Americans Flunk Global Warming

By Chris Mooney | October 15, 2010 8:58 am

Anthony Leiserowitz at Yale has new data out on the public and its bizarre and troubling relationship with climate science. To quote some of the findings:

* 57 % know that the greenhouse effect refers to gases in the atmosphere that trap heat;

* 50 % of Americans understand that global warming is caused mostly by human activities;

* 45 % understand that carbon dioxide traps heat from the Earth’s surface;

* 25 % have ever heard of coral bleaching or ocean acidification.

Meanwhile, large majorities incorrectly think that the hole in the ozone layer and aerosol spray cans contribute to global warming, leading many to incorrectly conclude that banning aerosol spray cans or stopping rockets from punching holes in the ozone layer are viable solutions.

I’ve actually heard this ozone hole misconception with some frequency when talking with people about global warming.

Leiserowitz goes on to grade our countrymen and -women on their climate science scores: “only 8 percent of Americans have knowledge equivalent to an A or B, 40 percent would receive a C or D, and 52 percent would get an F.”

Think of it this way: Maybe in 20 years those scores will be a bit higher (or maybe not)–but the planet may be cooked by then.

Comments (34)

  1. Of course Americans don’t want to be “graded” again about science as adults (especially to learn they are flunking). But the point is that information we desperately need to move toward solutions to our greatest challenges is being filtered, diluted, and most of all miscommunicated–primarily because the environment has become such a politically and at times, religiously charged issue.

    My hope is that in the next round of surveys, more people do understand, or at least, have heard of ocean acidification.

  2. Jon

    If a change comes, it’s probably going to come from elites who will then get the public on board. For instance, this is something, anyway:

    http://www.frumforum.com/the-right-warms-up-to-a-carbon-tax

    And after reading something like this, I wonder when we’re going to start seeing tariffs on our carbon-heavy exports:

    http://andrewsullivan.theatlantic.com/the_daily_dish/2010/10/the-gops-war-with-climate-science.html

  3. Disappointed, yes. But surprised by this result? No. It testifies to (1) the overall poor science literacy of Americans in general and (2) the deliberate campaign of obfuscation and misinformation promulgated by those with an interest in the status quo.

    For me the big surprise is that media-hungry Americans can’t be oblivious to the NEWS… that is, factual information that reports on environmental degradation, weather extremes and so on. But evidently, they aren’t asking questions. What is causing annual record highs in global temperature? Why are hurricanes increasingly frequent and severe? Why are glaciers worldwide melting at record rates? Why has the Arctic icecap shrunk to record summer minimums?

    Lack of asking why, rather than simply accepting explanations might explain why Americans are not making the connection between global warming and its causes thereof. Maybe the problem is not so much a lack of factual data among Americans, but their diminished capacity to ask meaningful questions concerning the world around them.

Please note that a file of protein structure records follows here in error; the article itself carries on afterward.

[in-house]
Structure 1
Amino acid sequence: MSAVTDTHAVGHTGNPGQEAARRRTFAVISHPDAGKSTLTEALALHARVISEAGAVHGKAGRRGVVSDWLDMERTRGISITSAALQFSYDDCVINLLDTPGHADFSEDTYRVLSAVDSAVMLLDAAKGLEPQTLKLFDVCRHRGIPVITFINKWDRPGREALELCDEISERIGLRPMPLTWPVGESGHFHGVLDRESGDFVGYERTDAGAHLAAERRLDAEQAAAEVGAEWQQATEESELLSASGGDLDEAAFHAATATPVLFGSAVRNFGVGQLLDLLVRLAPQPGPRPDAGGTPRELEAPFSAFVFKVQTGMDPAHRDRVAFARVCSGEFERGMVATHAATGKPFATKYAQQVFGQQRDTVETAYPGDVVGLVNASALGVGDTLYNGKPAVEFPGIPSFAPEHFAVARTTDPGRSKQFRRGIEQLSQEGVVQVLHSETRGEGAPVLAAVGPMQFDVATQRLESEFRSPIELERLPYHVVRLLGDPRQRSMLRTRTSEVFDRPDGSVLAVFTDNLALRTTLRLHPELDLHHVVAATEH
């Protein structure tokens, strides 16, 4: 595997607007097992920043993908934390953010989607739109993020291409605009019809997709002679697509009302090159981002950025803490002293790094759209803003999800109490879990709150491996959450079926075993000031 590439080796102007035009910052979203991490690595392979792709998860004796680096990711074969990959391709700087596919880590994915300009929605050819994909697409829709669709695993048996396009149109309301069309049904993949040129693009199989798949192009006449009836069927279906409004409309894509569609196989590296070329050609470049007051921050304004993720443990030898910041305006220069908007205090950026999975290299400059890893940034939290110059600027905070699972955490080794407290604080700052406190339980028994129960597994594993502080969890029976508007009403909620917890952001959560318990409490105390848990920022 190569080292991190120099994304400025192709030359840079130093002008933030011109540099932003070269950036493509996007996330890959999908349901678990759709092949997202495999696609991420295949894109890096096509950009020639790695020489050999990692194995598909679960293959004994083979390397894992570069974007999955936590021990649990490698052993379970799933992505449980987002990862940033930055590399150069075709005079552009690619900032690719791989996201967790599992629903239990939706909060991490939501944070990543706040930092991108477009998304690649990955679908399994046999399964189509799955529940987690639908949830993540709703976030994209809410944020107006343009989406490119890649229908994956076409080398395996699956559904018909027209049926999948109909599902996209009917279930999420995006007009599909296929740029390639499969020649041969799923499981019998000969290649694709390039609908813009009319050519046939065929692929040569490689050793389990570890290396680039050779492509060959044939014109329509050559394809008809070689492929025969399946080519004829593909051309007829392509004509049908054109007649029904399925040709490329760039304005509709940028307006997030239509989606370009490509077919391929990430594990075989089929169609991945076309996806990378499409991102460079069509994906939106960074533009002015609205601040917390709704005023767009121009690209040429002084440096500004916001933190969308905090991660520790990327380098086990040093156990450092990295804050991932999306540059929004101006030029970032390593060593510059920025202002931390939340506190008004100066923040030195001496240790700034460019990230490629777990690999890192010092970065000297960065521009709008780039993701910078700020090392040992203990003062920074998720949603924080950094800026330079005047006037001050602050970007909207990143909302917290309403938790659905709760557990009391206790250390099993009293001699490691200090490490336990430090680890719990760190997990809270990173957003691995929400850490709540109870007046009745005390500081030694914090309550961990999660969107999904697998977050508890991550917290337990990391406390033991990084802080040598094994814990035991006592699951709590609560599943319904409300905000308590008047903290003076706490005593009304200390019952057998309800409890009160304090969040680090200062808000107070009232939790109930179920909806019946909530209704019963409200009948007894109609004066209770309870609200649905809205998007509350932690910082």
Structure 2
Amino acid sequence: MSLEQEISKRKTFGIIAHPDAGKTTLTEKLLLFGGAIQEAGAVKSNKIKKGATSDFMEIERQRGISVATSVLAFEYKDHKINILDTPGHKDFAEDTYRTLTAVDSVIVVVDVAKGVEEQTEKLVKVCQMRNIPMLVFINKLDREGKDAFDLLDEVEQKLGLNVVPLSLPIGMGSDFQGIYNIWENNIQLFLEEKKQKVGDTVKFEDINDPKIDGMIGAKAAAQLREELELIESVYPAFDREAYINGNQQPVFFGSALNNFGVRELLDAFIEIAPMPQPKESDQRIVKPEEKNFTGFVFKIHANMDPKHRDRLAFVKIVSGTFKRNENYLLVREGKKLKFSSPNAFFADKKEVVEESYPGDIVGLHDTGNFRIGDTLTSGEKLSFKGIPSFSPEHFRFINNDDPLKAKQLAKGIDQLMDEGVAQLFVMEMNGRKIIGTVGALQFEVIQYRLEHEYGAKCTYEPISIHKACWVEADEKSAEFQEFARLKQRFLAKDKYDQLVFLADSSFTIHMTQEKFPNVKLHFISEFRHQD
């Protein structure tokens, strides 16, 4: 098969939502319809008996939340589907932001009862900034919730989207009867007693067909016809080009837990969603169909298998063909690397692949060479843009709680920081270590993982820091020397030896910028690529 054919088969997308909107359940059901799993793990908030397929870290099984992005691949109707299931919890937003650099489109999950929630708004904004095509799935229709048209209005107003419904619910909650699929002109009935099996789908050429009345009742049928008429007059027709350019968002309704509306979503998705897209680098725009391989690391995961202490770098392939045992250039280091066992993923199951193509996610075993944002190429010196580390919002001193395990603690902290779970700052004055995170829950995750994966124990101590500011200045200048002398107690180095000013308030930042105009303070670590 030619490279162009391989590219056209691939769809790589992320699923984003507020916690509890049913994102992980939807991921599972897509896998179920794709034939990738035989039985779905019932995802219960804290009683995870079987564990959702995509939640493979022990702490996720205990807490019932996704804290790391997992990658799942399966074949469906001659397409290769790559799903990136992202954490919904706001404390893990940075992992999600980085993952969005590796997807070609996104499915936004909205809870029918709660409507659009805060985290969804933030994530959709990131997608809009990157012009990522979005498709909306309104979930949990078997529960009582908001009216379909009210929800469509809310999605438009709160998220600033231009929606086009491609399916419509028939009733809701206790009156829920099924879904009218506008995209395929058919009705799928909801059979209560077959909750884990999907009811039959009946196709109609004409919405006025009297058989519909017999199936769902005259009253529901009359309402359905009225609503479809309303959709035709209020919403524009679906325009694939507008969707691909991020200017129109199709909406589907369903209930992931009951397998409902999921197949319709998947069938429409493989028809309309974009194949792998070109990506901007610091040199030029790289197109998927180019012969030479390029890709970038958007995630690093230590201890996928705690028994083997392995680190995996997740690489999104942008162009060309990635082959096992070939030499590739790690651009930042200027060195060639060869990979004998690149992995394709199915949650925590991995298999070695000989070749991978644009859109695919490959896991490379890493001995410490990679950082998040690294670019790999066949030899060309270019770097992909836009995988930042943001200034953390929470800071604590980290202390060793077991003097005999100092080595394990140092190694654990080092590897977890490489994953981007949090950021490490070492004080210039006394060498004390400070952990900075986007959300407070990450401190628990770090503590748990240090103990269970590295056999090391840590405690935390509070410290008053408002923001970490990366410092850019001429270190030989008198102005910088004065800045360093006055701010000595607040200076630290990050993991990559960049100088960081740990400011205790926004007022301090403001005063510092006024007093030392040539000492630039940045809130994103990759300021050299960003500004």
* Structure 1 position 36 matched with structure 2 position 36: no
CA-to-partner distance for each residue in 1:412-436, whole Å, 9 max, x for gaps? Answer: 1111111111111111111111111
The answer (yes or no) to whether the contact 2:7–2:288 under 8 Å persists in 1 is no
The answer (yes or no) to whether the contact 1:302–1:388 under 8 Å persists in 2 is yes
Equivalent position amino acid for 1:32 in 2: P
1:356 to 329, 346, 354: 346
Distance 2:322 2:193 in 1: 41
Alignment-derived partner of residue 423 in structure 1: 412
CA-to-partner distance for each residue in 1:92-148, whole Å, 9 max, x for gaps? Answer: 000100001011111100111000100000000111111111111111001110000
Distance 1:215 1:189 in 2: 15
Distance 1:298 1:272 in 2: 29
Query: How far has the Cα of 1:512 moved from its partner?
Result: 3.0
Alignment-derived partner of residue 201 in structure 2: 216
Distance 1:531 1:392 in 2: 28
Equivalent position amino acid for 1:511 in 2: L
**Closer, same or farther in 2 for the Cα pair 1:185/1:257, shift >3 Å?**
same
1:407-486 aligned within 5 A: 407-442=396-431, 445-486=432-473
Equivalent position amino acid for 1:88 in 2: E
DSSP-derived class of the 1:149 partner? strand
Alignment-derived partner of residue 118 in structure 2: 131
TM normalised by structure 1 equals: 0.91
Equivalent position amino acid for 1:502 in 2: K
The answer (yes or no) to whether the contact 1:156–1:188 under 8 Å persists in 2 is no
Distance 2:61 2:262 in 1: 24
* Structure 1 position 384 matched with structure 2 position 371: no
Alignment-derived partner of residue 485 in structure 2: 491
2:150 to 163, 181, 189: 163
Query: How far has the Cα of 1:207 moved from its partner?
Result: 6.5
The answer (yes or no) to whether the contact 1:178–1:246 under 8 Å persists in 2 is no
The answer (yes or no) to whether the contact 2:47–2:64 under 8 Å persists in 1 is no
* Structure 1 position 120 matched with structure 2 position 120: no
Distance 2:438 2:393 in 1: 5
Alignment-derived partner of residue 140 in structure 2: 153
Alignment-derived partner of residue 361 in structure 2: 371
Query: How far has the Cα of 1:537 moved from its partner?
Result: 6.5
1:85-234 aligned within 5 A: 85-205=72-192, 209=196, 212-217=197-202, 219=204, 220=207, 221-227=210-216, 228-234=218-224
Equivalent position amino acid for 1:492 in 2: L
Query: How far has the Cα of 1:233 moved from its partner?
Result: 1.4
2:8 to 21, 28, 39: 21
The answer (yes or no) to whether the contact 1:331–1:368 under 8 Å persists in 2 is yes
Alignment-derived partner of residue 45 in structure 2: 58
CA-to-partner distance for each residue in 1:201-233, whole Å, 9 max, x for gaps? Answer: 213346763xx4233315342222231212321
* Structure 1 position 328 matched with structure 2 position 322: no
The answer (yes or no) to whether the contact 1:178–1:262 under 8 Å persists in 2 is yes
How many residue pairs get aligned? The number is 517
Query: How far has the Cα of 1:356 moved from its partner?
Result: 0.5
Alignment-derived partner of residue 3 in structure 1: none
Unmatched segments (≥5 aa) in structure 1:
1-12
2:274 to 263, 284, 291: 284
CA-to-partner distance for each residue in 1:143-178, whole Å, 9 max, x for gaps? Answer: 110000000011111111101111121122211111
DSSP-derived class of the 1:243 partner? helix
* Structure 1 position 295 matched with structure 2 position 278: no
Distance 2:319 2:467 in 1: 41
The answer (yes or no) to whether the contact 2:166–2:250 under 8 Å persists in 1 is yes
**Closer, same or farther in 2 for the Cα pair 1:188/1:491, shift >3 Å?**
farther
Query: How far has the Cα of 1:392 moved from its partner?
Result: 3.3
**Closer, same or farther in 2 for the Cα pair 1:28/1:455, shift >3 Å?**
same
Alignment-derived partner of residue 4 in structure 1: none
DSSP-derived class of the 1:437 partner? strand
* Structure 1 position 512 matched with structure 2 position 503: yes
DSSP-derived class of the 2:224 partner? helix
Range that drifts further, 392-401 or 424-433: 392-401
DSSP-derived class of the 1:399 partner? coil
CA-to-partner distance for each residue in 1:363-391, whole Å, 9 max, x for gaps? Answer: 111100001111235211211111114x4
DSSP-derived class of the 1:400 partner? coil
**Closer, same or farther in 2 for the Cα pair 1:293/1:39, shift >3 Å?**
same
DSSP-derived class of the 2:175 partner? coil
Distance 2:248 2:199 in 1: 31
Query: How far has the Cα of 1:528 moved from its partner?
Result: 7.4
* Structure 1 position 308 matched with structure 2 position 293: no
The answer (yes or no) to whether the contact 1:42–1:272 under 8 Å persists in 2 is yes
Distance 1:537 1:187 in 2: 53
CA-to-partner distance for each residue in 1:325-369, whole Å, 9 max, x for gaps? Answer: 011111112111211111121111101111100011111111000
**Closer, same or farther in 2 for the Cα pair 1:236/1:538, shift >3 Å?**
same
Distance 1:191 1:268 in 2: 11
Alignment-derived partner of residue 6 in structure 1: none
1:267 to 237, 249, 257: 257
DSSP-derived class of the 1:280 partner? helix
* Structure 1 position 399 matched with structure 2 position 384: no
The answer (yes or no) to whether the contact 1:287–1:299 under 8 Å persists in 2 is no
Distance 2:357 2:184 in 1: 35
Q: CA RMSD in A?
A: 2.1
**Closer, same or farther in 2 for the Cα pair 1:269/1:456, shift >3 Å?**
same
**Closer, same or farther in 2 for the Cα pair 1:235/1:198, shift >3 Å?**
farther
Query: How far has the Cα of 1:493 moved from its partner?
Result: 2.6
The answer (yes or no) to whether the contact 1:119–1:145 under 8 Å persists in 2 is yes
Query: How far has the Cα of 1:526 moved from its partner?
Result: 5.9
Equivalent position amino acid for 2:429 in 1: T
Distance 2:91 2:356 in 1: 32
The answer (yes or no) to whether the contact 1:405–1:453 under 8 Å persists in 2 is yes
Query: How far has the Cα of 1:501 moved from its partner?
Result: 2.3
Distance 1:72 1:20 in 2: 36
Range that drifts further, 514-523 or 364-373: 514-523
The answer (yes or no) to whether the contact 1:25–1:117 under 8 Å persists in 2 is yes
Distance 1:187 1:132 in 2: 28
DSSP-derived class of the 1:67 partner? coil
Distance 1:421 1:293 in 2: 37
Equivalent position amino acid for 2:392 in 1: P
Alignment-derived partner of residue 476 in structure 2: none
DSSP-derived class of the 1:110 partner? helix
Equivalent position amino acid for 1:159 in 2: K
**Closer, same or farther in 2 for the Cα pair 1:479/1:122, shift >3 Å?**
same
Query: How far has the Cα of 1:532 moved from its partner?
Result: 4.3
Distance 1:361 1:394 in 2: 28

Science communicators focus on getting information in the hands of the public. Maybe we should shift the emphasis and just get people to start asking why and how things are the way they are.

  4. Eric

    You mean “Maybe in 20 years those scores will be a bit higher (or maybe not)–but the planet may be cooked” BY THEM…

  5. FUAG

    “50 % of Americans understand that global warming is caused mostly by human activities”

    Which half it correct? At this point nobody can say with any certainty that it’s “mostly” caused by human activity. There is just no absolute science to support that statement, it’s merely opinion. The earth has warmed many times without us around, so how can we discern what portion of current warming is due to us?

    If the question was “Do humans contribute to global warming?” you would have a more accurate representation of people’s understanding.

  6. David Yates

    Because climate change is such a complex subject most people feel there is nothing they can do and they ignore the issue. To the average person clean air, water and other climate issues are the domain of government. They will obey the law if “someone” passes one. Unfortunately, “someone” is in the pocket of those who have vested interest in polluting and ruining the environment. This is why the climate crisis (and the financial crisis and the terrorism crisis, etc.) will likely only be solved by mass extinction. The Earth will eventually rid itself of us. The law of nature is a process we seem to have chosen to solve our problem. Have a nice day.

  7. Brian D

    My grandmother used the “rockets punching holes in the ozone causing global warming” line on me a while back (though admittedly to express her dislike of the space program…). I had written it off as “she’s old and has never really been scientific”. To see (from the source PDF) that this is a belief held by 43% of Americans is downright depressing.

    Shorter FUAG: Ladies and gentlemen of the jury, people die all the time, in the past, for all sorts of reasons, therefore this man with a bullet hole in his head couldn’t have been murdered.

  8. FUAG